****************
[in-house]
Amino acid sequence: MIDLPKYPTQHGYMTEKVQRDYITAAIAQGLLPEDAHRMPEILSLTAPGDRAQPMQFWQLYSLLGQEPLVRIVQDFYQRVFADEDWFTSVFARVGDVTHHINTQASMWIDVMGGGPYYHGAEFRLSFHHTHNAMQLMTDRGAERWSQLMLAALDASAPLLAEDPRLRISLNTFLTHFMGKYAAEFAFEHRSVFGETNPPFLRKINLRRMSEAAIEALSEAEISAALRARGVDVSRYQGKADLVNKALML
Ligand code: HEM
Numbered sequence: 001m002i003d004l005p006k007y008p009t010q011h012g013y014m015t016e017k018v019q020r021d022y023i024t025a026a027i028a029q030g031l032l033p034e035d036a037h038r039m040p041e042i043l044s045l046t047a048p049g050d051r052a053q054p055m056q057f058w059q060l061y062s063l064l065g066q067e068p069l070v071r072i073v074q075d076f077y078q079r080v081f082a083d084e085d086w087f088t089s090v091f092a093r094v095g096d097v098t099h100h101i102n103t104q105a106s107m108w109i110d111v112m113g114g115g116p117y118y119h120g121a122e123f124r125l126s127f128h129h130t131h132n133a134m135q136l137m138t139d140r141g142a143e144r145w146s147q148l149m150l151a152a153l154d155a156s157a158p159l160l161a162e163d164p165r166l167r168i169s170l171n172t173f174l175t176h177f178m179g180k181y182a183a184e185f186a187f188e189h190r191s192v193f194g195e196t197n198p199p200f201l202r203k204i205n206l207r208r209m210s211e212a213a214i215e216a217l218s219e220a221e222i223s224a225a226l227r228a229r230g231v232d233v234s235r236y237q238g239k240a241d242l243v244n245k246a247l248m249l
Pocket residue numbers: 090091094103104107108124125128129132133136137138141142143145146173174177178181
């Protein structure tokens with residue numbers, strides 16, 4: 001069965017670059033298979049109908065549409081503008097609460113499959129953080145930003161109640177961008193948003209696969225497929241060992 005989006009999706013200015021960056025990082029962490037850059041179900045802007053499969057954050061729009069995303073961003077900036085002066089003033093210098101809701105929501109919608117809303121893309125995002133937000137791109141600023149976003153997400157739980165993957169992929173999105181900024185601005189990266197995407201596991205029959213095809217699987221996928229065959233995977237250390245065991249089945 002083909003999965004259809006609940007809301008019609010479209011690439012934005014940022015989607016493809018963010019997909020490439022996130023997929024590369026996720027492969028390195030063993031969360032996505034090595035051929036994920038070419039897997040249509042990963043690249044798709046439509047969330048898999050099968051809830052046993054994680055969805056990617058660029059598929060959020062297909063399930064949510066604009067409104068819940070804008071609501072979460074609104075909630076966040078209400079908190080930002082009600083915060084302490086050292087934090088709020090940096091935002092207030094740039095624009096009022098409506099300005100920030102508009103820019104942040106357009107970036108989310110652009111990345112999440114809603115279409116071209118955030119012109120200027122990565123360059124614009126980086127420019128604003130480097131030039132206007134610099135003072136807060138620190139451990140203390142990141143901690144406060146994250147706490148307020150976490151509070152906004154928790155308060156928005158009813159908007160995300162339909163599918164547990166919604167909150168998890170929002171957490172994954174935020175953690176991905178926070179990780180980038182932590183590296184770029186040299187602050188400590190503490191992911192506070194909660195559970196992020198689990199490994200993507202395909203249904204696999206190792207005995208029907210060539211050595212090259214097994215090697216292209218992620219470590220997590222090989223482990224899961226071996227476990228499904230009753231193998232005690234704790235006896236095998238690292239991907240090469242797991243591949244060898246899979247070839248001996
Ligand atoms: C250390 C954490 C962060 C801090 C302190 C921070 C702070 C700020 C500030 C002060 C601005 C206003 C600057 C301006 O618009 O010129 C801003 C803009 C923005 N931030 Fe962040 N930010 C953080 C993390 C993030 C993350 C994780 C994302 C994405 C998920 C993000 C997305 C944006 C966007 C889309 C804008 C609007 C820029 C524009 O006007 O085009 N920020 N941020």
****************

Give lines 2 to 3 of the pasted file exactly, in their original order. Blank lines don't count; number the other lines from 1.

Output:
Amino acid sequence: MIDLPKYPTQHGYMTEKVQRDYITAAIAQGLLPEDAHRMPEILSLTAPGDRAQPMQFWQLYSLLGQEPLVRIVQDFYQRVFADEDWFTSVFARVGDVTHHINTQASMWIDVMGGGPYYHGAEFRLSFHHTHNAMQLMTDRGAERWSQLMLAALDASAPLLAEDPRLRISLNTFLTHFMGKYAAEFAFEHRSVFGETNPPFLRKINLRRMSEAAIEALSEAEISAALRARGVDVSRYQGKADLVNKALML
Ligand code: HEM